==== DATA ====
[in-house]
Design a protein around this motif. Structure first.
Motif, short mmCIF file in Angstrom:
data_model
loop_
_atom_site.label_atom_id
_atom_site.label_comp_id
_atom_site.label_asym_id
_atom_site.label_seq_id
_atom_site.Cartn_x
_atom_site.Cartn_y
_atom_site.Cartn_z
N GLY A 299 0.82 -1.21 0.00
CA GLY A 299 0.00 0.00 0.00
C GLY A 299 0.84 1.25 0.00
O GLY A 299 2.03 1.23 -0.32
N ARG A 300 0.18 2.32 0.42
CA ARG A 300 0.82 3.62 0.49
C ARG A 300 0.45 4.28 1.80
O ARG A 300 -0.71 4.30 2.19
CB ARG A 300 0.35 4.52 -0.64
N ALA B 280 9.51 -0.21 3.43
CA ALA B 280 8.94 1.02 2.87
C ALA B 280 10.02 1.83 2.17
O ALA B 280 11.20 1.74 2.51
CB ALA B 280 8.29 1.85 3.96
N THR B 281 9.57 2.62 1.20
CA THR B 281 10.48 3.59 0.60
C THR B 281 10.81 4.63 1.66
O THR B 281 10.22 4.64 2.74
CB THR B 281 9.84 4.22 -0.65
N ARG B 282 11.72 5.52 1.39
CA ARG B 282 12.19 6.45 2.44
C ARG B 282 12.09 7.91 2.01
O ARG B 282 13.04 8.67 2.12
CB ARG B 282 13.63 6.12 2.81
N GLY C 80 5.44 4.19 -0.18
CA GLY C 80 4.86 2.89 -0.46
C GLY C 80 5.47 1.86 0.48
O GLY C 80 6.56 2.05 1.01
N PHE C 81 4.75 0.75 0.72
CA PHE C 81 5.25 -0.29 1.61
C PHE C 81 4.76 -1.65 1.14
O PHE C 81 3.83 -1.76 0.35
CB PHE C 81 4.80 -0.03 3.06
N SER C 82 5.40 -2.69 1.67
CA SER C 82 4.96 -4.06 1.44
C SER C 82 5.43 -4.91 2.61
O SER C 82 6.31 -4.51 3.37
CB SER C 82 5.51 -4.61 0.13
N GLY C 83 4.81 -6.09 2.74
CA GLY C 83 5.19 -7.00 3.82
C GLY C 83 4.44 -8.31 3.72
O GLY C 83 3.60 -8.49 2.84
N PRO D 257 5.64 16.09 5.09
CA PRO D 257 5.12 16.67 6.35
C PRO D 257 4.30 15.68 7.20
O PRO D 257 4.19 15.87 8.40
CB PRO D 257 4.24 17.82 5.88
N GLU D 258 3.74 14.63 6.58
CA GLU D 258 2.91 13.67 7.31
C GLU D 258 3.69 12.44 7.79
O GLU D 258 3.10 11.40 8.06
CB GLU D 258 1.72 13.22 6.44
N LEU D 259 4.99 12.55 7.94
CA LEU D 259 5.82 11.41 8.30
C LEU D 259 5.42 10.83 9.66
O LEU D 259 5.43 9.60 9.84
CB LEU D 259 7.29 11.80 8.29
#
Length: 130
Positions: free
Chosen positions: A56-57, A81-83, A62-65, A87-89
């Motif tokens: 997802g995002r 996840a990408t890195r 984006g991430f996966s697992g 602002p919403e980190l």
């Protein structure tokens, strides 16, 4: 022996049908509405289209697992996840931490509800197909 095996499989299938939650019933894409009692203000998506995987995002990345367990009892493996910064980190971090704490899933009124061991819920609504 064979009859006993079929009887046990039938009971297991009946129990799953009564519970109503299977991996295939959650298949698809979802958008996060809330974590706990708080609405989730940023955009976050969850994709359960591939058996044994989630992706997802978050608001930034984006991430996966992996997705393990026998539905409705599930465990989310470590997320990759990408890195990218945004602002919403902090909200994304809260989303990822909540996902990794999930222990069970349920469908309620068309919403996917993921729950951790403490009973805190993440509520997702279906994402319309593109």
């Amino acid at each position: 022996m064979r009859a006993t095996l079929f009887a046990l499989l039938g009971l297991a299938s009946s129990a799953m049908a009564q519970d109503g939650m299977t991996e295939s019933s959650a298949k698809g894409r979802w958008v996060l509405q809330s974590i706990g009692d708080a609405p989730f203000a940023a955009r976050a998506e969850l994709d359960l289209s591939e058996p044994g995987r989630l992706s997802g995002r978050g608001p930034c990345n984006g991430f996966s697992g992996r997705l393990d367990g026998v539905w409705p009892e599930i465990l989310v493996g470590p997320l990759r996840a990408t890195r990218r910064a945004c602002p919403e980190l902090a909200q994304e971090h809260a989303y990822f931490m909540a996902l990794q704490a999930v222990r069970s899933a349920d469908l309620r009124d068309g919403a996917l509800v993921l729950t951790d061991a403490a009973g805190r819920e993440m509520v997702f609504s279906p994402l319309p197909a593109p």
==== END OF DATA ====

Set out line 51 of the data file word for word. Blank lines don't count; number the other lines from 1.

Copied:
N GLY C 83 4.81 -6.09 2.74